Pupils of five Croydon schools, who have already demonstrated their ecological awareness, are to be given the chance to make even more of a positive impact on our environment.
Recycling in Croydon entered a new phase last year when the domestic food-waste collection service was introduced.
Food that had previously been sent to landfill, producing damaging methane gas as it degraded, is now collected from households and recycled into compost to be used in food production on farms. The scheme's success has been such that it is about to be introduced into blocks of flats across the borough.
The next stage will reward the pupils of five schools who have displayed an enthusiastic and proactive attitude to recycling, with the chance to participate in a 12-week school food-waste collections pilot, with a view to possible expansion across the borough.
The schools that have been selected for the trial are:
- Parish Church Primary School, Warrington Road, Croydon.
- Monks Orchard Primary School, The Glade.
- David Livingstone Primary School, Northwood Road, Thornton Heath.
- Forestdale Primary School, Pixton Way.
- Westwood Girls' College for Languages and Art, Spurgeon Road, Upper Norwood.
Each school will be issued with 7- and 23-litre caddies, to be used in kitchens, dining halls, staff and common rooms. The waste will be collected weekly in 140-litre bins, taken to an anaerobic digestion plant and converted to agricultural fertiliser.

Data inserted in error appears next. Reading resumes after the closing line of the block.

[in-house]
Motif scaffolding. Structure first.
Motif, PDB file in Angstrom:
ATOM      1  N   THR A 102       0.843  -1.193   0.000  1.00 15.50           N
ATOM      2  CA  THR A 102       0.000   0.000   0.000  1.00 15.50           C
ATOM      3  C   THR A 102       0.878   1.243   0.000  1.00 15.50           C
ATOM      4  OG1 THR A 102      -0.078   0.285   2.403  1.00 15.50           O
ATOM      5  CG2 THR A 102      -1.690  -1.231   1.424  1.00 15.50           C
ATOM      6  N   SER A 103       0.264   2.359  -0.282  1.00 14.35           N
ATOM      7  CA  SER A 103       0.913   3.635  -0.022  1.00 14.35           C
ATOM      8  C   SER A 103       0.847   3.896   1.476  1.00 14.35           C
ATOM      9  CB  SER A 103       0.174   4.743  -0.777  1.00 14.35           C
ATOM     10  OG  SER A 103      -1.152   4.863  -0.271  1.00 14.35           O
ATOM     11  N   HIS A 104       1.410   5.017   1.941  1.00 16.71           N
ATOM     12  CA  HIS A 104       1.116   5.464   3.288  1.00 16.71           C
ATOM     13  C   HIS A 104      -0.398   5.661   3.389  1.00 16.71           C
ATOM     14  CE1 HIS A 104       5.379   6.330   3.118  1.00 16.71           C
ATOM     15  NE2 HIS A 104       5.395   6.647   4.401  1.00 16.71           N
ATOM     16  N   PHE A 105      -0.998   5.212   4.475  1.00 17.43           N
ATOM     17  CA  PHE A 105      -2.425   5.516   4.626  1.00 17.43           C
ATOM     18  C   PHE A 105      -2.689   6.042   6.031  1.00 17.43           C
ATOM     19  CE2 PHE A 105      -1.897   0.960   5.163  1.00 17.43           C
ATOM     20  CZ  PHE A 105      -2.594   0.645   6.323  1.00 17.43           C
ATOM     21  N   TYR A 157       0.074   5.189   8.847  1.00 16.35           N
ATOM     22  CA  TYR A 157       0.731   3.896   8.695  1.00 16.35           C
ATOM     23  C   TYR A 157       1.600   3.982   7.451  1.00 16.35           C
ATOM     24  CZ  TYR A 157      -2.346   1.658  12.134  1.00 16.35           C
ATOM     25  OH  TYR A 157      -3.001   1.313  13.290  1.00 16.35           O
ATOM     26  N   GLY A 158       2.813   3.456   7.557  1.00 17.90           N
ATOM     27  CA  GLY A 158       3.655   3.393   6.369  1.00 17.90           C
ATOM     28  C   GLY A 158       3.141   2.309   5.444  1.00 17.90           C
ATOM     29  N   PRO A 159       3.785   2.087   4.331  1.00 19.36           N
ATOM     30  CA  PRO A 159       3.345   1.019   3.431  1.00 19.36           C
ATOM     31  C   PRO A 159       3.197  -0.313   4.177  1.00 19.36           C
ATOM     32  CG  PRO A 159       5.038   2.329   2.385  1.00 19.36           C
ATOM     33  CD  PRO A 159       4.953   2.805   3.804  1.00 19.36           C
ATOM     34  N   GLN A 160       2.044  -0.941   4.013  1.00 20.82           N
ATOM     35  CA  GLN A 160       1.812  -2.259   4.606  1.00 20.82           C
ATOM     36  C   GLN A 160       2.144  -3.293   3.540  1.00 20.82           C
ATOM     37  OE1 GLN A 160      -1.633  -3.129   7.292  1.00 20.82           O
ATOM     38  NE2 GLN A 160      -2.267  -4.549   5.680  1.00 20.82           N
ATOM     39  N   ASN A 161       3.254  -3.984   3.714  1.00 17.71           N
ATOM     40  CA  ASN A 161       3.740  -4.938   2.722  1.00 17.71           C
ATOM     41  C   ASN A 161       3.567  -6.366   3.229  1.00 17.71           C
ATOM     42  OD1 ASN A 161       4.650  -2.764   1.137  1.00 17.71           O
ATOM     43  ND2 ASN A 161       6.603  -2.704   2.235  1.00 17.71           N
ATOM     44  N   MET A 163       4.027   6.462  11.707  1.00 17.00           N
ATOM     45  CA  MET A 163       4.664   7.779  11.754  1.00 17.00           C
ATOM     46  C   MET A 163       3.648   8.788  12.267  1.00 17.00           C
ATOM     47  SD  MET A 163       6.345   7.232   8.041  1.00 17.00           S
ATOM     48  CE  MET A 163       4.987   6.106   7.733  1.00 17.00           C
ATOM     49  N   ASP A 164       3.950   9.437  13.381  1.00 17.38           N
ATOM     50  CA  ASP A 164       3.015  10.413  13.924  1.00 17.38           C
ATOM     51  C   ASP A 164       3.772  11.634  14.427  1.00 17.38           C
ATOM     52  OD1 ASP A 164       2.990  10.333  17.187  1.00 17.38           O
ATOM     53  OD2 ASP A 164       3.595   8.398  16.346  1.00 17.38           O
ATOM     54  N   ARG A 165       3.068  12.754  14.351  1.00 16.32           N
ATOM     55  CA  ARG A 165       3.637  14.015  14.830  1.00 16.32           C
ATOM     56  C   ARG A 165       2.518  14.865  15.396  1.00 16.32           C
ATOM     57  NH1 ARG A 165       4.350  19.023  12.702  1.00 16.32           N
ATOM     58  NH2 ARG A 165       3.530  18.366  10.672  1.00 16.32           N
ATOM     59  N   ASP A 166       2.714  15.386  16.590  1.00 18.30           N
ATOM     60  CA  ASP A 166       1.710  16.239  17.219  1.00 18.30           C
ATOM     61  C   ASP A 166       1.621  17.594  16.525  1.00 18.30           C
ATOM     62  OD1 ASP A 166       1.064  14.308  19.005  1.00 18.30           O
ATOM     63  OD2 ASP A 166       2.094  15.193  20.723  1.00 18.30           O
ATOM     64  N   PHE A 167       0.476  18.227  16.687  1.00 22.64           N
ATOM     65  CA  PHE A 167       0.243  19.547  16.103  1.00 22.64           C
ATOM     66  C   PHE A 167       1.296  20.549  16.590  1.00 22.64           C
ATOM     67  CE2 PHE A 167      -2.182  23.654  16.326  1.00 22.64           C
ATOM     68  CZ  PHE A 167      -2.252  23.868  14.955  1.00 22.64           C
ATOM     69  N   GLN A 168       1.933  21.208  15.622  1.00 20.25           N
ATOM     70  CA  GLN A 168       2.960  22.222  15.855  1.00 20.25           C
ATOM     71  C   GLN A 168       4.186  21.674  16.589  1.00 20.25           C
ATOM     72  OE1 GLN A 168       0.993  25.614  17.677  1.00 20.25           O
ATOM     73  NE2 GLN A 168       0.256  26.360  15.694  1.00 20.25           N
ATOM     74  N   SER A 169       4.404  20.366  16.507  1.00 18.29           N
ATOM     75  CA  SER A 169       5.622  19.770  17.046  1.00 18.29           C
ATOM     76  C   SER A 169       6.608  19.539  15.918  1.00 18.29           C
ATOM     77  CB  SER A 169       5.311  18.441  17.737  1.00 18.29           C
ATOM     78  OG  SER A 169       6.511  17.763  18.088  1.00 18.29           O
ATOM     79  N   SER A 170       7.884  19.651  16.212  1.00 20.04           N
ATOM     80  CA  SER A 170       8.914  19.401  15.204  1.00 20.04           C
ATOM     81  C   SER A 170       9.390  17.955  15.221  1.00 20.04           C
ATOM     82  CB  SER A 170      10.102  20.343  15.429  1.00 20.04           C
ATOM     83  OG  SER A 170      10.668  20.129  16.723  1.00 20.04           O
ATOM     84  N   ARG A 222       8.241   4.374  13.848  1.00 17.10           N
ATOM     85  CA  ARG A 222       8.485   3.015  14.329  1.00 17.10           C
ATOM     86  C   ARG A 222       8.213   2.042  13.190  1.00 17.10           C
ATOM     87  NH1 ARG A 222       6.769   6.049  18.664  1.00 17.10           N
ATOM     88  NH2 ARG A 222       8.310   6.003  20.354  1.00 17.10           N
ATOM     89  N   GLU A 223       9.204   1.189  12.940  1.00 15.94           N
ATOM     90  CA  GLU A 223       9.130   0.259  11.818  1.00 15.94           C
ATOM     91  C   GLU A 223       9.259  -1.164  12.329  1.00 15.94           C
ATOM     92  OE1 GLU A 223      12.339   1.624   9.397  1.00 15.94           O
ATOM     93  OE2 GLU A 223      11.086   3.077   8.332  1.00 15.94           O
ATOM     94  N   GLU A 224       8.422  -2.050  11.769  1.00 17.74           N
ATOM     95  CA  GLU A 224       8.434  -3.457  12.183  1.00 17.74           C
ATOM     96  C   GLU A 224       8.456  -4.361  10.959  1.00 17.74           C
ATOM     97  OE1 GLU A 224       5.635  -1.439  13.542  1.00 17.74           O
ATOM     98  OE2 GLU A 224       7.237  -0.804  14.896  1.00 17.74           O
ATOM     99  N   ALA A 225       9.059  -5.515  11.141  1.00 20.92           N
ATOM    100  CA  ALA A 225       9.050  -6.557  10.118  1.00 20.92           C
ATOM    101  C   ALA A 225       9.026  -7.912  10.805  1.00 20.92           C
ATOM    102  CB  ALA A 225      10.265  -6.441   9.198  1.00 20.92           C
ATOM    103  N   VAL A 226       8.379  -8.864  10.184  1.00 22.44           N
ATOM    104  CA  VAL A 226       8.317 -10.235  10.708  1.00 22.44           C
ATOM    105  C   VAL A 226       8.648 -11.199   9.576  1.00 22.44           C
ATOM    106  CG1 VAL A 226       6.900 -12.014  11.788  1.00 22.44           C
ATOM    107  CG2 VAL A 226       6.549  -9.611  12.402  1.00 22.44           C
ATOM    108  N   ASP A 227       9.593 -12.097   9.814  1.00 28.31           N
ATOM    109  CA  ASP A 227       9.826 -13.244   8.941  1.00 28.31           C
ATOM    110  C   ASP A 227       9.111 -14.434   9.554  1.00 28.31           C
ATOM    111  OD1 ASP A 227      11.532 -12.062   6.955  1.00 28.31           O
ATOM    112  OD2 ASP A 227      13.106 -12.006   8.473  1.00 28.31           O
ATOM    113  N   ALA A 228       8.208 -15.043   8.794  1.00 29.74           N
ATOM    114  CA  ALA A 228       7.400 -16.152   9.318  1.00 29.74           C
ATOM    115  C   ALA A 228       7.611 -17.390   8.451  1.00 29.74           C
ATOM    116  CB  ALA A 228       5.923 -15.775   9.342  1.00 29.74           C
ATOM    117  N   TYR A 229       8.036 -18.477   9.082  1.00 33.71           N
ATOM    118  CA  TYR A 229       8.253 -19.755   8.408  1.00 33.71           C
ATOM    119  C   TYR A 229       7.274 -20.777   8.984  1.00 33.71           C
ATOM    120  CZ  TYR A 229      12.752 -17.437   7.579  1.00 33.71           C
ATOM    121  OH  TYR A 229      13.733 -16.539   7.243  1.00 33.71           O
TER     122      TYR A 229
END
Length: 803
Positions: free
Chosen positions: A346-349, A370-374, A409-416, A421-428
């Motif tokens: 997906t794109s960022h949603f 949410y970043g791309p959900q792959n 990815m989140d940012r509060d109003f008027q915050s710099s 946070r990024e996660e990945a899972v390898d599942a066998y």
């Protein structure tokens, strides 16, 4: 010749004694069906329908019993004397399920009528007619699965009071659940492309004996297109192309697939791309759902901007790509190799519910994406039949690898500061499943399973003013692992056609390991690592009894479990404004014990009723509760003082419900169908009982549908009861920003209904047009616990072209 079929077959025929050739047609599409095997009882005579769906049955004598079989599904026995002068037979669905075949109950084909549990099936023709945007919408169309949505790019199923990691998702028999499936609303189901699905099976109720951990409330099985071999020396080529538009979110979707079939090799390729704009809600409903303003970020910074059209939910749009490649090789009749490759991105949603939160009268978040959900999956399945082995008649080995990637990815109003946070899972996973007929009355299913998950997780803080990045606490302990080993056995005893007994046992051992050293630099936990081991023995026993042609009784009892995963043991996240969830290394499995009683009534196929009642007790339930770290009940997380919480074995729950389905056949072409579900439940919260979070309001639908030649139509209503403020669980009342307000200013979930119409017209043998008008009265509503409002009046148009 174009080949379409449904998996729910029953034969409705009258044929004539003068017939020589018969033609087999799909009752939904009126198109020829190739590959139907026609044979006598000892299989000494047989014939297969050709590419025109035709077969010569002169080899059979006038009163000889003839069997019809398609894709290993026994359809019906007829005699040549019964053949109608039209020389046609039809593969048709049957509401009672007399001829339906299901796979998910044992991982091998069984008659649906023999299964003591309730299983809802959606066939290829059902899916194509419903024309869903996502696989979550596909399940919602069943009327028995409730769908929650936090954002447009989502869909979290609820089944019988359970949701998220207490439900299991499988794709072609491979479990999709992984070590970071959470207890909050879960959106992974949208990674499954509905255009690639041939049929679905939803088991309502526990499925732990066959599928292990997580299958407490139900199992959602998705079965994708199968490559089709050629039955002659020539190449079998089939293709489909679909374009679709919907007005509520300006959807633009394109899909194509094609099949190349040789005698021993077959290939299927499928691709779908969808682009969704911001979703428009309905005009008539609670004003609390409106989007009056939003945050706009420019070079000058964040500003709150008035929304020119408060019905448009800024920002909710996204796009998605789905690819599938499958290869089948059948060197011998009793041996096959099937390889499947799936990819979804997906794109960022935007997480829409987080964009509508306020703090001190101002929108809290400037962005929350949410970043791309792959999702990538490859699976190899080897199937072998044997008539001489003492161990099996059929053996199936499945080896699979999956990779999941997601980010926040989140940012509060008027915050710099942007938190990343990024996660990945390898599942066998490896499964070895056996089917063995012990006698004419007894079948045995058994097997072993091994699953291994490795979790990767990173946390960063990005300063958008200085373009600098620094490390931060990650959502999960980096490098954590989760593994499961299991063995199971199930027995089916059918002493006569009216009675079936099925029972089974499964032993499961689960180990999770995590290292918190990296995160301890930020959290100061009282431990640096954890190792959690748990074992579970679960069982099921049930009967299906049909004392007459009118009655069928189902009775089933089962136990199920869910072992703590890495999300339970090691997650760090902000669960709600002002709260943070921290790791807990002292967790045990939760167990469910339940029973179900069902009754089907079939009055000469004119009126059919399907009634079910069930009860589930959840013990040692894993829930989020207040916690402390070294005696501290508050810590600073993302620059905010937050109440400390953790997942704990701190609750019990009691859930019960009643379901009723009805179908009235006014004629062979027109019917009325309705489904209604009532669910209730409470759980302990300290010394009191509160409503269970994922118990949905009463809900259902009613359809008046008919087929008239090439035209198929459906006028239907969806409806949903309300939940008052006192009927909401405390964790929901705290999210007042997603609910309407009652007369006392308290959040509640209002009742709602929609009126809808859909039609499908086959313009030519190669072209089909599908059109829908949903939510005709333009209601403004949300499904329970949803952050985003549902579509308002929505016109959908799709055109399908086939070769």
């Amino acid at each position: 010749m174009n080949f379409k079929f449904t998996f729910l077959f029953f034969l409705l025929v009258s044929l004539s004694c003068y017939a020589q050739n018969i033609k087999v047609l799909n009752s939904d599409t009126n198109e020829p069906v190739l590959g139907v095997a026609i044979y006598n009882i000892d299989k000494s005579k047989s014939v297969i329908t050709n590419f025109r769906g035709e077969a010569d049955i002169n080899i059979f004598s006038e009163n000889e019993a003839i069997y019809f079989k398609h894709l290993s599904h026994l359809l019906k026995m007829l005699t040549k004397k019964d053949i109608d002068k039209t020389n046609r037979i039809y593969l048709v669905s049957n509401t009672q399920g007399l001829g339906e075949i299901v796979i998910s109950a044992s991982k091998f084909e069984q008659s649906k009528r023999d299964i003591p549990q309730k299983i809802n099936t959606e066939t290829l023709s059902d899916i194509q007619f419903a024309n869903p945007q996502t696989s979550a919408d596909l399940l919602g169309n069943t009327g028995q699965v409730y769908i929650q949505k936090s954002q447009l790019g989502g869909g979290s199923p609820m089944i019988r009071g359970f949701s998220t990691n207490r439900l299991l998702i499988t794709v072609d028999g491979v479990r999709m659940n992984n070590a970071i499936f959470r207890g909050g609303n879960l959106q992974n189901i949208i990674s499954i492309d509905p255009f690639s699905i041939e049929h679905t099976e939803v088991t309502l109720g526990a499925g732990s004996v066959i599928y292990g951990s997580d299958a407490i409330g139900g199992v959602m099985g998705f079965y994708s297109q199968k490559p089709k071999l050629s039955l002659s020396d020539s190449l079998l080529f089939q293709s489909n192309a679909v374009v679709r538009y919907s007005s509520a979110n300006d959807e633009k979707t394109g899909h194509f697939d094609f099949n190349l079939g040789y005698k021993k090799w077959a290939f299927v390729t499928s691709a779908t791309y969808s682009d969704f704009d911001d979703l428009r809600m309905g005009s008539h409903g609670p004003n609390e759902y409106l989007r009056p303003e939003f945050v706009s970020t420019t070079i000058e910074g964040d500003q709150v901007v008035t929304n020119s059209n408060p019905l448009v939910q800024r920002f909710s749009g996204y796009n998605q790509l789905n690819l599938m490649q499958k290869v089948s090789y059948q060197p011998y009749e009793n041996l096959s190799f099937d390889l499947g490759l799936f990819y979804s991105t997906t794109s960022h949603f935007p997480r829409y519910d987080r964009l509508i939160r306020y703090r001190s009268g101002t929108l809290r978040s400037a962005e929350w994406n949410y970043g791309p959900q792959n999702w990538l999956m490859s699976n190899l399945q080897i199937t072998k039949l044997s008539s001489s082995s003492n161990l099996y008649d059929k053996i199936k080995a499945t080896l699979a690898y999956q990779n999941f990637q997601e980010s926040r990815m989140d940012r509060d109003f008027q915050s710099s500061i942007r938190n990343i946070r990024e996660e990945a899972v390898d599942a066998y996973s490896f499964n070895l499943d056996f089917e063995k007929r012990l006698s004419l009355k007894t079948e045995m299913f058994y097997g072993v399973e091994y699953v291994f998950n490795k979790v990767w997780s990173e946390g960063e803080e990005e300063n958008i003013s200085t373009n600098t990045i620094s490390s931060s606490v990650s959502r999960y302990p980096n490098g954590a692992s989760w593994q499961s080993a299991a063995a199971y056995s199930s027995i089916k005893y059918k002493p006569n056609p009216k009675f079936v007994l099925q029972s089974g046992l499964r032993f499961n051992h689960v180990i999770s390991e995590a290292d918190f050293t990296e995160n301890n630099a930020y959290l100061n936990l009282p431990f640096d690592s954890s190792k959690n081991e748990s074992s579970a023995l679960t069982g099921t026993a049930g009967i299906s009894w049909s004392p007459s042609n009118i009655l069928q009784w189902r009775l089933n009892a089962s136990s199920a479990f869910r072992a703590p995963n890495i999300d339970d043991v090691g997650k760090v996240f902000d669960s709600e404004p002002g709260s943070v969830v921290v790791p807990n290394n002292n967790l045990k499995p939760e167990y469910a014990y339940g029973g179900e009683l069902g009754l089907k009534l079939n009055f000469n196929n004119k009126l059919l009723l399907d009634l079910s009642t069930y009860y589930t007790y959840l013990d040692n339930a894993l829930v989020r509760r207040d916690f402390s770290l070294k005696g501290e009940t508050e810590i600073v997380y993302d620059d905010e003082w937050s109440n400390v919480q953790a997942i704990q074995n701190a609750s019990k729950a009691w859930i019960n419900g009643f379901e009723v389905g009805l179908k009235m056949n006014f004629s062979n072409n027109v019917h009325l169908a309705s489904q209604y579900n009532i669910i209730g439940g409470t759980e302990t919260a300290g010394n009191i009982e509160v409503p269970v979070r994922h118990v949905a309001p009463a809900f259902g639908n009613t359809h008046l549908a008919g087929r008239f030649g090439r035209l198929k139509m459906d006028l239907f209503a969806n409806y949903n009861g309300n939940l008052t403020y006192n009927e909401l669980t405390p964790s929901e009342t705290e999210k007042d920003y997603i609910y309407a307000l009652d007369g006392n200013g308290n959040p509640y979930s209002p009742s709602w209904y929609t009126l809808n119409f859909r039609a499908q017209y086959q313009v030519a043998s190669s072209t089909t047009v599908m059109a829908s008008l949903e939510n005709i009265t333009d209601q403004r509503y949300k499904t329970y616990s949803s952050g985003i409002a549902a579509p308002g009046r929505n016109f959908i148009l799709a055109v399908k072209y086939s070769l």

Part of the scheme is to assist schools with the educational aspects of the pilot, and the council's commercial waste and recycling team will conduct presentations and assemblies at each participating school, and monitor the results of the pilot.
Councillor Phil Thomas, cabinet member for environment and highways, said: "It's great to see these school children embracing the council's wish to keep on pushing our recycling figures and sending less waste to landfill.
"The food-waste scheme proved its worth over Christmas when we collected 525 tonnes of waste that would otherwise have ended up in a hole in the ground - and cost council taxpayers for the privilege.
"If we can get the kids completely behind the recycling message, they'll take that message home and help to educate those parents that are still not quite realising that we will all benefit."